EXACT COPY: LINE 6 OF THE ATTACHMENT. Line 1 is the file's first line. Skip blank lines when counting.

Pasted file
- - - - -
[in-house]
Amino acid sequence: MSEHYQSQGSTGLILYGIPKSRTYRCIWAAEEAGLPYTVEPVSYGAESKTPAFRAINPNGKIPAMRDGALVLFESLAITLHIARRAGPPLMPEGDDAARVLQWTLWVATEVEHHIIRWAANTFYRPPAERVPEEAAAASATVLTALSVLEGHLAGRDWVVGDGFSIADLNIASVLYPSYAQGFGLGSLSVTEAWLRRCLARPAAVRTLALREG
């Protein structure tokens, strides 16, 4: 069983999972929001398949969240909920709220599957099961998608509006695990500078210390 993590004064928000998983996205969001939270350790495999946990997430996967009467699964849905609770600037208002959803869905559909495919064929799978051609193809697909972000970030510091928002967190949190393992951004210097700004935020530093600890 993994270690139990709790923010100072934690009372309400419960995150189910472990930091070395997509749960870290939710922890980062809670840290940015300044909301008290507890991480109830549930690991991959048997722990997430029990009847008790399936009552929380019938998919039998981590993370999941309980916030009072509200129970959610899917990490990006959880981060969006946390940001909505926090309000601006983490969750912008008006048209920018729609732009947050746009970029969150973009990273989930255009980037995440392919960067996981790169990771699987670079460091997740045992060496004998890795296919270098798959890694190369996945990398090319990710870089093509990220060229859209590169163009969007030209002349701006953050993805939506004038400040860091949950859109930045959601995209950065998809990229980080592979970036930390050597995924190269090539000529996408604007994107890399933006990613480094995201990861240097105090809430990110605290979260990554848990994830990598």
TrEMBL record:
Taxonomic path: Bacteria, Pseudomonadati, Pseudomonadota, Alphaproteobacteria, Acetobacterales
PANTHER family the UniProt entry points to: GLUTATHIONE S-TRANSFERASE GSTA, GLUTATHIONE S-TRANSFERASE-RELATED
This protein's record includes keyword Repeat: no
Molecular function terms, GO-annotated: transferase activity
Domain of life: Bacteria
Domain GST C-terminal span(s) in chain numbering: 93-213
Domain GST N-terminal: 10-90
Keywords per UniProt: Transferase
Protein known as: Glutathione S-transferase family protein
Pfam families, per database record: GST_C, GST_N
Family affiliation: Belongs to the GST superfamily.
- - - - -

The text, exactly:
PANTHER family the UniProt entry points to: GLUTATHIONE S-TRANSFERASE GSTA, GLUTATHIONE S-TRANSFERASE-RELATED